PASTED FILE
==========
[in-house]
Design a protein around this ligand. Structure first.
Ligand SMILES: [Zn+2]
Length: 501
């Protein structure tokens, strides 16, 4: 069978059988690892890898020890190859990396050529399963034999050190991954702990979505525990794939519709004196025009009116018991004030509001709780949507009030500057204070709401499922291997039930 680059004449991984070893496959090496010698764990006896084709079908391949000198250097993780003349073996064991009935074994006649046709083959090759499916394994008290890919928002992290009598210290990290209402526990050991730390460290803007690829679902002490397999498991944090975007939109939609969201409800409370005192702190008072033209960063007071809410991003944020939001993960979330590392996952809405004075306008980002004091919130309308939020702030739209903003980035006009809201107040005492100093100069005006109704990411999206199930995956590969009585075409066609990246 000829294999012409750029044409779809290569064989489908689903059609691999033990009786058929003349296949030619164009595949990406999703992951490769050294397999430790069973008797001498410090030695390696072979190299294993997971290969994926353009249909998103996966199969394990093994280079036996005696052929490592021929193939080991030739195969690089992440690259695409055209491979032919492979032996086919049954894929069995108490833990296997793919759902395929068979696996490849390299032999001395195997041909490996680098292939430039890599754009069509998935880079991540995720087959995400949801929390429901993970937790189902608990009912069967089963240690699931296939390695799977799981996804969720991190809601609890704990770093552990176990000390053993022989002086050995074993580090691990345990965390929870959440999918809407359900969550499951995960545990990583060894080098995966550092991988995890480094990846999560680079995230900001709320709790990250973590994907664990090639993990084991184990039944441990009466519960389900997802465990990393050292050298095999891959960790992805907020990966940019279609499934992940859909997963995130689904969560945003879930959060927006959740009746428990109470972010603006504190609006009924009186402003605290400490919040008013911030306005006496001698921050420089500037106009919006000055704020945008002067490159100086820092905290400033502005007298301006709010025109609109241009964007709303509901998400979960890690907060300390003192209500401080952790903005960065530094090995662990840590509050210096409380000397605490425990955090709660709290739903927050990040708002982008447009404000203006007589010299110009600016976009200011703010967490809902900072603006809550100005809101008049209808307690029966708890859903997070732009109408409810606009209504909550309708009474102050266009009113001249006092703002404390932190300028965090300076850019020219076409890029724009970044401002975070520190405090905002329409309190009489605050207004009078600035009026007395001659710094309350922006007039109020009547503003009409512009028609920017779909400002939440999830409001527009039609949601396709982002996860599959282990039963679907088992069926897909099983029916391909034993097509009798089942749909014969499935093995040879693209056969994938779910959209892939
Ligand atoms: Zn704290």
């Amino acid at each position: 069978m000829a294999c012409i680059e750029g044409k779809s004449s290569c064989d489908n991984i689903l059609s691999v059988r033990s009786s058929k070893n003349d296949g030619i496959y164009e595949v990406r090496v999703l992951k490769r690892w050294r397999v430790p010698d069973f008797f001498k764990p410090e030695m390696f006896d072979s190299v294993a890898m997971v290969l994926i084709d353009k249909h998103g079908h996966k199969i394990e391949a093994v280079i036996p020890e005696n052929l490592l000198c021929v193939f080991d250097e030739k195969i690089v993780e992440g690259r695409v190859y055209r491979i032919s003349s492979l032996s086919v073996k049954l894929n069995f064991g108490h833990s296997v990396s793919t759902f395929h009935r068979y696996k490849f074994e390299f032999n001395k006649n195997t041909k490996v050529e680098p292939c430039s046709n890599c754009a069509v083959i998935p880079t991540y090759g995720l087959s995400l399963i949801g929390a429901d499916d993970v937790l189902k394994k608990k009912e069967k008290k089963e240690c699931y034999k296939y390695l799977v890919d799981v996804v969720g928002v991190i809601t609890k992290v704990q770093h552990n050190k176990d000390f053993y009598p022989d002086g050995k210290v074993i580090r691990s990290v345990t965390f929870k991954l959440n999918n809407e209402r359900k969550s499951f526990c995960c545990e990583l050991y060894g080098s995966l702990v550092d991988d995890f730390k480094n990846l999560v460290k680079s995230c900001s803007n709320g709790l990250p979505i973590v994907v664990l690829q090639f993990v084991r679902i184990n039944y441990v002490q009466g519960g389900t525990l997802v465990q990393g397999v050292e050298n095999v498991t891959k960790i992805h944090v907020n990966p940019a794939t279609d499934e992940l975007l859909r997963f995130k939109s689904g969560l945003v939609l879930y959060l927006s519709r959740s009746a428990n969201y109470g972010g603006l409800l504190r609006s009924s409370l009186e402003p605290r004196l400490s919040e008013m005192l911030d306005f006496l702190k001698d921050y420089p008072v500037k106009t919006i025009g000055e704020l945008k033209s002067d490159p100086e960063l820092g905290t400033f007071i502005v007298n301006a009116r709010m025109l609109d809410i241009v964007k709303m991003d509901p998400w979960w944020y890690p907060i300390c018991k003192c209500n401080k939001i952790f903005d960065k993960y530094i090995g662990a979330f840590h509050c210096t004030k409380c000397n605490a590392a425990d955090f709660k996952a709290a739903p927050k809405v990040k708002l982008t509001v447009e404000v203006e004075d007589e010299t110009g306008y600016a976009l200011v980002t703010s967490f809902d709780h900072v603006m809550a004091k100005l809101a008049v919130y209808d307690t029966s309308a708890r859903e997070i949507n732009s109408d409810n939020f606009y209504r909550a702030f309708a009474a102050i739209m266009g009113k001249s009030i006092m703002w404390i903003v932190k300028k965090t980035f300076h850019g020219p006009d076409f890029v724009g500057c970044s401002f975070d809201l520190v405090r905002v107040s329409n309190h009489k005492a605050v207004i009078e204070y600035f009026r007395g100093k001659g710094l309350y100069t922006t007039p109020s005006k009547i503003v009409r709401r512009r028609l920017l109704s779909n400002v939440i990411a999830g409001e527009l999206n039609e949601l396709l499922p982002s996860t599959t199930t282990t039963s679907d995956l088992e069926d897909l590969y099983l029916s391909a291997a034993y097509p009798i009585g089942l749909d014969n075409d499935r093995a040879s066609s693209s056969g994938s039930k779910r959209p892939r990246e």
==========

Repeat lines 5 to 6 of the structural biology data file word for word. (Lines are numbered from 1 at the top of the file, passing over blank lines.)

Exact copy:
């Protein structure tokens, strides 16, 4: 069978059988690892890898020890190859990396050529399963034999050190991954702990979505525990794939519709004196025009009116018991004030509001709780949507009030500057204070709401499922291997039930 680059004449991984070893496959090496010698764990006896084709079908391949000198250097993780003349073996064991009935074994006649046709083959090759499916394994008290890919928002992290009598210290990290209402526990050991730390460290803007690829679902002490397999498991944090975007939109939609969201409800409370005192702190008072033209960063007071809410991003944020939001993960979330590392996952809405004075306008980002004091919130309308939020702030739209903003980035006009809201107040005492100093100069005006109704990411999206199930995956590969009585075409066609990246 000829294999012409750029044409779809290569064989489908689903059609691999033990009786058929003349296949030619164009595949990406999703992951490769050294397999430790069973008797001498410090030695390696072979190299294993997971290969994926353009249909998103996966199969394990093994280079036996005696052929490592021929193939080991030739195969690089992440690259695409055209491979032919492979032996086919049954894929069995108490833990296997793919759902395929068979696996490849390299032999001395195997041909490996680098292939430039890599754009069509998935880079991540995720087959995400949801929390429901993970937790189902608990009912069967089963240690699931296939390695799977799981996804969720991190809601609890704990770093552990176990000390053993022989002086050995074993580090691990345990965390929870959440999918809407359900969550499951995960545990990583060894080098995966550092991988995890480094990846999560680079995230900001709320709790990250973590994907664990090639993990084991184990039944441990009466519960389900997802465990990393050292050298095999891959960790992805907020990966940019279609499934992940859909997963995130689904969560945003879930959060927006959740009746428990109470972010603006504190609006009924009186402003605290400490919040008013911030306005006496001698921050420089500037106009919006000055704020945008002067490159100086820092905290400033502005007298301006709010025109609109241009964007709303509901998400979960890690907060300390003192209500401080952790903005960065530094090995662990840590509050210096409380000397605490425990955090709660709290739903927050990040708002982008447009404000203006007589010299110009600016976009200011703010967490809902900072603006809550100005809101008049209808307690029966708890859903997070732009109408409810606009209504909550309708009474102050266009009113001249006092703002404390932190300028965090300076850019020219076409890029724009970044401002975070520190405090905002329409309190009489605050207004009078600035009026007395001659710094309350922006007039109020009547503003009409512009028609920017779909400002939440999830409001527009039609949601396709982002996860599959282990039963679907088992069926897909099983029916391909034993097509009798089942749909014969499935093995040879693209056969994938779910959209892939
Ligand atoms: Zn704290």